Dina’s Diner July 3/20/17

| Jul 3, 2017
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Ava LeRay Barrin

The Daily Beast is an online magazine and the June 29, 2017 edition carried an article by contributor Samantha Allen that included this phrase in the headline: “The Youngest Trans Murder Victim of 2017 (So Far).”

The article detailed the known facts of the murder of Ava LeRay Barrin who was 17-years-old when she was fatally shot in Athens, Georgia. “Her murder is the latest in a crisis of violence that continues to predominantly affect black transgender women,” the article reported. An interesting angle to the reports of trans murders, the Beast reports, is that “local news outlets frequently misgender transgender homicide victims.”

A Houston, Texas based trans blogger, Monica Roberts, has been ferreting out reports of transgender murders by piecing together clues when she suspects that authorities or police have mis-identified a trans victim using the “wrong” pronouns or birth names. “There are certain things that I pick up on when I hear about these cases,” Roberts said. “Facebook chatter will sometimes clue me in when there’s a trans murder and then, if I have the location, I can start investigating local news sources to see if they’ve confirmed the incident.”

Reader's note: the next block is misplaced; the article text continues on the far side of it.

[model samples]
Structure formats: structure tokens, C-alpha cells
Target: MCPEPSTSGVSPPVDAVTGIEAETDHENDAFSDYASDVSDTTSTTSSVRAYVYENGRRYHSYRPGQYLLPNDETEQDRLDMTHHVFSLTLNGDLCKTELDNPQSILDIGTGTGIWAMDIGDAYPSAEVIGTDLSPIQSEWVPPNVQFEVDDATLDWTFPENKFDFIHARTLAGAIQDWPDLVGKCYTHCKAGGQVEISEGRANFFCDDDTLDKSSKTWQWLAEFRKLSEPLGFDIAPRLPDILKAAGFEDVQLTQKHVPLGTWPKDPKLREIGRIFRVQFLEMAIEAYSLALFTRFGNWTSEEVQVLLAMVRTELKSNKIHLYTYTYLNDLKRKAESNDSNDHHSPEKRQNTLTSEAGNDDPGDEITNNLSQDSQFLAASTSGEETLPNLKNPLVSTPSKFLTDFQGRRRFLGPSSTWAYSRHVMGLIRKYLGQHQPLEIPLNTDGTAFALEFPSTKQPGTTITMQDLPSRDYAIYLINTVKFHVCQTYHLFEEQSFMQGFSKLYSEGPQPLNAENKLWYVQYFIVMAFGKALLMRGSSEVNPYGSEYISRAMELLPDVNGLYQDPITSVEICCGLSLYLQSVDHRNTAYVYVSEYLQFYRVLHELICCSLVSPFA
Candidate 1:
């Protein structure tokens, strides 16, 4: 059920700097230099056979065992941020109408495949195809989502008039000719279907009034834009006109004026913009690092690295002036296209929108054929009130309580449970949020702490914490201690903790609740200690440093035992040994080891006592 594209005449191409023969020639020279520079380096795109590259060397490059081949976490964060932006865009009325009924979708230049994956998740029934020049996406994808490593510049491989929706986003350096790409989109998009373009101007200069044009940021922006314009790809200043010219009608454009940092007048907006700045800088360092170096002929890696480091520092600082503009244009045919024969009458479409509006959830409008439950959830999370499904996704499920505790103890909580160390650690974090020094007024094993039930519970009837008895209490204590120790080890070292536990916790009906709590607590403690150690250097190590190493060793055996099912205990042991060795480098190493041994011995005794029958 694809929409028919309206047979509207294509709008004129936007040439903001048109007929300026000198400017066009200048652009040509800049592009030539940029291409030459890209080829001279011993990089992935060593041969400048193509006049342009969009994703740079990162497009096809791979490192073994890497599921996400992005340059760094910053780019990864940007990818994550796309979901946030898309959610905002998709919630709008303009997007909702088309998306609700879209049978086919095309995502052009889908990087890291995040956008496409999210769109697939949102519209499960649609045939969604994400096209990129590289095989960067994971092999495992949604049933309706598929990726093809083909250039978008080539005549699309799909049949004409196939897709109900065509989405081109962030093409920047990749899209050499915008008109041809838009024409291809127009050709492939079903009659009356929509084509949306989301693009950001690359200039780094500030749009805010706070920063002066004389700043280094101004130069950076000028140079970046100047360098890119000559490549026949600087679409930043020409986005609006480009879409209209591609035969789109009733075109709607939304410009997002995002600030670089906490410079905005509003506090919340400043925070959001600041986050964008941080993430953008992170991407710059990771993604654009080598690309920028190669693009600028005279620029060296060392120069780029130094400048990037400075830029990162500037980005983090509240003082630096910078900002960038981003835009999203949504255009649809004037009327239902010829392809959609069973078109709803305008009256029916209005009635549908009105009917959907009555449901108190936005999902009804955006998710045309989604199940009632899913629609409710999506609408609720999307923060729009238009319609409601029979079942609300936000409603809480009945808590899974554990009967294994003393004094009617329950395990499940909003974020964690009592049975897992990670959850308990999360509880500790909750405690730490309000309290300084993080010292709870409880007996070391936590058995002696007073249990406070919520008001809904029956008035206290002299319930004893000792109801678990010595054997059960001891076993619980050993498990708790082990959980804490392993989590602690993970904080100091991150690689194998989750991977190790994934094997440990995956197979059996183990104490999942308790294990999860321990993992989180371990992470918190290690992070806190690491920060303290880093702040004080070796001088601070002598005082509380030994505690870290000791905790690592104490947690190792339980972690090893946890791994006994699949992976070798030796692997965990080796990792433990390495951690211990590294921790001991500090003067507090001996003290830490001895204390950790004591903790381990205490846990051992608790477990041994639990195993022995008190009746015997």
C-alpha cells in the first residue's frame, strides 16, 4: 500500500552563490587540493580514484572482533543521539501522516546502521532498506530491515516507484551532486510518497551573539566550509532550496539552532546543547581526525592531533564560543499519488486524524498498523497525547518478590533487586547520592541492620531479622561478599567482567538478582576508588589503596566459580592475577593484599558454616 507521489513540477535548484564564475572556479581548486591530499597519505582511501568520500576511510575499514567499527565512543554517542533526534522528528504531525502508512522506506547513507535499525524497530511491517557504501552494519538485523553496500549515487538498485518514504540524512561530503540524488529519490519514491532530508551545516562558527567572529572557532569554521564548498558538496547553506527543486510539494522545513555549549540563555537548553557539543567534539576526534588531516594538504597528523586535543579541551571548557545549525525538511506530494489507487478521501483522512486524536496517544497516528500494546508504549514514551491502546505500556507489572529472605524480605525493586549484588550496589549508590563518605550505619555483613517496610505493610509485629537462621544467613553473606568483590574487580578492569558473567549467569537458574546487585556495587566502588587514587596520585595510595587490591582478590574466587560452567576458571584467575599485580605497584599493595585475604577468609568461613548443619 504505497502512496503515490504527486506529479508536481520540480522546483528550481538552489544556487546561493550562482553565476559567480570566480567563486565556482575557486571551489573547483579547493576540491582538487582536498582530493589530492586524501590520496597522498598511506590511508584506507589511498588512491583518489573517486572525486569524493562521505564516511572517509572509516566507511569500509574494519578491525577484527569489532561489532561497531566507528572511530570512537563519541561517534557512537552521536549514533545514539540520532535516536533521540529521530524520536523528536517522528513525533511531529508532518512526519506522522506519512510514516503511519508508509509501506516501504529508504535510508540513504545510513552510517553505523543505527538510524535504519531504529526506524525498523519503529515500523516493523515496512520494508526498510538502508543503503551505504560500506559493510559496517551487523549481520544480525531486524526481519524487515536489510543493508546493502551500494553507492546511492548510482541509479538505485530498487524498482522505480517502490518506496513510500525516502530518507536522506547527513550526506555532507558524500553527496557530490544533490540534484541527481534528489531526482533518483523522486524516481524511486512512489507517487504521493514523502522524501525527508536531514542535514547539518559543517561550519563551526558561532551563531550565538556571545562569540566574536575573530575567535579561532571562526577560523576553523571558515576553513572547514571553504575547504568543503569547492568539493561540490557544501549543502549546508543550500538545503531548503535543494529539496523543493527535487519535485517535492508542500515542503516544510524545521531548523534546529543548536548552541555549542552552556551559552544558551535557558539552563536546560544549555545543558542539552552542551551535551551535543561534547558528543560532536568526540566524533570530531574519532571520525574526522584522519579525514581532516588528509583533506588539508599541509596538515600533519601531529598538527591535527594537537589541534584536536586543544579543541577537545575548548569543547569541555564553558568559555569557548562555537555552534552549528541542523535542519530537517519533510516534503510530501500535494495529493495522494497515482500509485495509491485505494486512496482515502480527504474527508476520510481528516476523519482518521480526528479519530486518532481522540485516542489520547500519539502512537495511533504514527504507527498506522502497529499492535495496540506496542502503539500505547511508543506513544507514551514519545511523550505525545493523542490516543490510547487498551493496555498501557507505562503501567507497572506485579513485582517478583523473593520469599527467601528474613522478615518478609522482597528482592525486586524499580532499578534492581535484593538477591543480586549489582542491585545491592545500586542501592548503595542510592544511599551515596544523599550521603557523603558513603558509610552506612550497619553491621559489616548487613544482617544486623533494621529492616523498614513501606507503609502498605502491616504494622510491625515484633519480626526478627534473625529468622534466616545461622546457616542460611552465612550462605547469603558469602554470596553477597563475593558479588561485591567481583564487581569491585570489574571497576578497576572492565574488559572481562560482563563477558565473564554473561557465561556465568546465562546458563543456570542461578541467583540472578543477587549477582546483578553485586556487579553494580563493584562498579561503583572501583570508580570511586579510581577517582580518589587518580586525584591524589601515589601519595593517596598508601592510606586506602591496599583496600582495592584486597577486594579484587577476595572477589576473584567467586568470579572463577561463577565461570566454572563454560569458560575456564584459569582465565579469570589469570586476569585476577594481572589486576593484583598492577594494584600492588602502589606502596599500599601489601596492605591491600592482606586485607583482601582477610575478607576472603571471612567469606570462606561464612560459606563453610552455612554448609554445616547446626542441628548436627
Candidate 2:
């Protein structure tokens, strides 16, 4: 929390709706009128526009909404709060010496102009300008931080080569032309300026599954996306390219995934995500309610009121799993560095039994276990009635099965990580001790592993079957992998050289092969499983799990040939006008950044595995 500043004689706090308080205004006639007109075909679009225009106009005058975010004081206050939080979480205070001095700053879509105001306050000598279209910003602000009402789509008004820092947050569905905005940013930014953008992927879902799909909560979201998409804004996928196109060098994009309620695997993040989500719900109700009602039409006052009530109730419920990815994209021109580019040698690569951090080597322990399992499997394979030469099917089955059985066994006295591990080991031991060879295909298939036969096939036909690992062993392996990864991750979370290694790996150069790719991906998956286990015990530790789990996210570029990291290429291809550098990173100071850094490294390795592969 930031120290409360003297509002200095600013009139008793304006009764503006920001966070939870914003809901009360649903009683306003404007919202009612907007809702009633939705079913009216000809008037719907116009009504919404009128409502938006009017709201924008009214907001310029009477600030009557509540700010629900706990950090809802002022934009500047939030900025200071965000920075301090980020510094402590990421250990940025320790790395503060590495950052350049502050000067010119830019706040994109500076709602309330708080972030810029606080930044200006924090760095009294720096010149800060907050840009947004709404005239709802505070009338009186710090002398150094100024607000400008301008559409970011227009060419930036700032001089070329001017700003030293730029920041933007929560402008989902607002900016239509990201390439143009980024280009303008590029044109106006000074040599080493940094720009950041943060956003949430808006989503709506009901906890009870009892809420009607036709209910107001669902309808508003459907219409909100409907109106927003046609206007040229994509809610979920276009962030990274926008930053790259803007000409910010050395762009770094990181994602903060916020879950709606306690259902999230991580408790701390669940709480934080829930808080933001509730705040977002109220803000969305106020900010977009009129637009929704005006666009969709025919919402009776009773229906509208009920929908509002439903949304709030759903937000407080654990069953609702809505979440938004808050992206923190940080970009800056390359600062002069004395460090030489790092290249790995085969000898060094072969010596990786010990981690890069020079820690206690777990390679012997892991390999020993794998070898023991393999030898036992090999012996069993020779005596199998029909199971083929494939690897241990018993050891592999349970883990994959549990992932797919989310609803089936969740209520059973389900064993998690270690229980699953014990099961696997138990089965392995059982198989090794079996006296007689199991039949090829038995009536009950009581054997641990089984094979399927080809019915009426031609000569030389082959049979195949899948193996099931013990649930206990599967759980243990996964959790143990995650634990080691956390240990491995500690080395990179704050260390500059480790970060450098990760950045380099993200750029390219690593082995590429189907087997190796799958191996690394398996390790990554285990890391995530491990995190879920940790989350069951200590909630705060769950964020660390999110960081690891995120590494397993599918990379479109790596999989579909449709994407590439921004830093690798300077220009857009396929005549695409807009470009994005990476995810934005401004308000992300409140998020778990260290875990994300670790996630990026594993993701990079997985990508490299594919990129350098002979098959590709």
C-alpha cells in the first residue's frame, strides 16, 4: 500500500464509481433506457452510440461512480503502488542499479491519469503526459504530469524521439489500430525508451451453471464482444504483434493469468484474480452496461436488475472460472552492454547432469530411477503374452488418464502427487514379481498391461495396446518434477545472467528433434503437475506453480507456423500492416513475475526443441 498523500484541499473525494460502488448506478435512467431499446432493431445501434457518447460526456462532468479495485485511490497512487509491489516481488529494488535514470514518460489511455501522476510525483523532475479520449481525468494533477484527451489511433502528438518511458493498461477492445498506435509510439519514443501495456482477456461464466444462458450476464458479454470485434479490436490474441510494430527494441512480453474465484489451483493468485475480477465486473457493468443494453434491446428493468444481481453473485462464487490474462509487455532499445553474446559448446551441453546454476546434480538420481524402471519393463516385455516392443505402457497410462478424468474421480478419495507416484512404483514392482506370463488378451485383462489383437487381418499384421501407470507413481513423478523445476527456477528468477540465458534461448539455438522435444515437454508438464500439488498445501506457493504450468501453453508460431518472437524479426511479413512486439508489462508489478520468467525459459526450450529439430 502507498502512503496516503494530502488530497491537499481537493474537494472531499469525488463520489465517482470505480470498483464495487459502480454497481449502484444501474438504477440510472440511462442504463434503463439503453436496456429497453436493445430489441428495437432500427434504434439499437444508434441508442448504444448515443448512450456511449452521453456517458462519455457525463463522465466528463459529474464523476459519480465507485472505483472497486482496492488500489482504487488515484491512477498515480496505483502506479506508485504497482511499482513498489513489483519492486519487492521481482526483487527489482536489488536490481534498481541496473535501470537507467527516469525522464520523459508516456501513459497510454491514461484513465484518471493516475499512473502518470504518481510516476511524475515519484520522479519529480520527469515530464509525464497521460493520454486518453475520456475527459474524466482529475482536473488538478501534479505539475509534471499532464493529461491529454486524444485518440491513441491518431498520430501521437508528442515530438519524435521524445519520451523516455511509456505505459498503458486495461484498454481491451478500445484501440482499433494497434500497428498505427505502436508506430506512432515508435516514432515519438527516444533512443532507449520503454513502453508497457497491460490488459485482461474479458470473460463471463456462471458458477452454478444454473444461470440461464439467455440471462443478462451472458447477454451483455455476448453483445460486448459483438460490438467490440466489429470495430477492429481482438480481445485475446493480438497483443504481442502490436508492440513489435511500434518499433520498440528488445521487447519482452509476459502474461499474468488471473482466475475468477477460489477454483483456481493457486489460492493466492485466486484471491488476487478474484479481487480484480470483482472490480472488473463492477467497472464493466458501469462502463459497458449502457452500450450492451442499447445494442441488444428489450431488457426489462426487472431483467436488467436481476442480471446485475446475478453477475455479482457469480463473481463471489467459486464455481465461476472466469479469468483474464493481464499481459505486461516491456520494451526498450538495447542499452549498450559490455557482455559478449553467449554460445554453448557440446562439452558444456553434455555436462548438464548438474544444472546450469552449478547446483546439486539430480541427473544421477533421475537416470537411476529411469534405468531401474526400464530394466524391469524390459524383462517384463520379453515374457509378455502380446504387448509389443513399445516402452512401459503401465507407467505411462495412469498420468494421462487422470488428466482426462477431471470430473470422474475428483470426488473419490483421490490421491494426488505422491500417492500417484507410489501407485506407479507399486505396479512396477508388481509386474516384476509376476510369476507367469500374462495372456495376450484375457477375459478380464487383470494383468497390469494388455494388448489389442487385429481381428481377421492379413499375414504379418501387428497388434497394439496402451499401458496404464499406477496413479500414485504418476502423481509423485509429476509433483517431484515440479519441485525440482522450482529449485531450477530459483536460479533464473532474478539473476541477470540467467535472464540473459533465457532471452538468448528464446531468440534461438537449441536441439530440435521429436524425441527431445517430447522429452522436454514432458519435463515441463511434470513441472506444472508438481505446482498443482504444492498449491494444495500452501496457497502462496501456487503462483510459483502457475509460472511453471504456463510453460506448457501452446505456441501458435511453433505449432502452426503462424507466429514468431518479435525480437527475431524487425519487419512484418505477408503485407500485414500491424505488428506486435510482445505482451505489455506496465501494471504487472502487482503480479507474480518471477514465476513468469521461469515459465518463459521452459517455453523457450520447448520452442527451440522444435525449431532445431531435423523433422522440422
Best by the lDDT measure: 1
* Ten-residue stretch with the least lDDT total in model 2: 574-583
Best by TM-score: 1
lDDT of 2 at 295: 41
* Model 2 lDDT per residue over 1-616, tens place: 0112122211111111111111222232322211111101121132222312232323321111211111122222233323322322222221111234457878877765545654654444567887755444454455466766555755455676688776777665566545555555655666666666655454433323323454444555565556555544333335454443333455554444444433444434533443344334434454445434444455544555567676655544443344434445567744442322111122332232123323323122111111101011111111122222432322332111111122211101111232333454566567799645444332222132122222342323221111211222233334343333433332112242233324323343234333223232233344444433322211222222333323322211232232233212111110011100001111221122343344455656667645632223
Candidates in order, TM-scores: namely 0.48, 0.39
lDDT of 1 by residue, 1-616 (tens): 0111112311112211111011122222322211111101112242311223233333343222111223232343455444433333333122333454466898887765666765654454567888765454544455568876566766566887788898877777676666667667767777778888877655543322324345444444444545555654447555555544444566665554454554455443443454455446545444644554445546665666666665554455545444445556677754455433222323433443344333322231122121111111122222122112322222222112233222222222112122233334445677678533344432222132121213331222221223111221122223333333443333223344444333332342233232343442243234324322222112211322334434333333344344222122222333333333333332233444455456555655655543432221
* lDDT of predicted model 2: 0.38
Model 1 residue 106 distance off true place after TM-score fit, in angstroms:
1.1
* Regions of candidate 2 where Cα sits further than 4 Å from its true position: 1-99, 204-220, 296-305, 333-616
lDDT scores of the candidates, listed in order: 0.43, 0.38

As the headline pointed out, Ava is the youngest trans victim so far. An 18 year old trans woman was murdered in February in Louisiana. The Beast article reported: “At 2017’s midway point, there have already been over half the number of reported murders as there were in 2016 — a number that fell somewhere between 22 and 27, according to varying estimates from LGBT rights groups. The vast majority of transgender victims in 2017 have been black transgender women.”

But there was another intriguing comment in the article that seemed to hit home. “The demonization of men who prefer and like to date trans women and along with the demonization of trans femininity also plays a part in this violence that’s aimed at us – and it needs to stop,” Roberts told The Daily Beast. One wonders how many of these acts of violence (of all types, not just murder) against trans women were prompted by some feeling of injured masculinity, especially the potential recriminations of other males, if discovered socializing with a trans woman. If we get past the social stigma against men even expressing a romantic interest in transwomen, this level of violence would likely be lessened.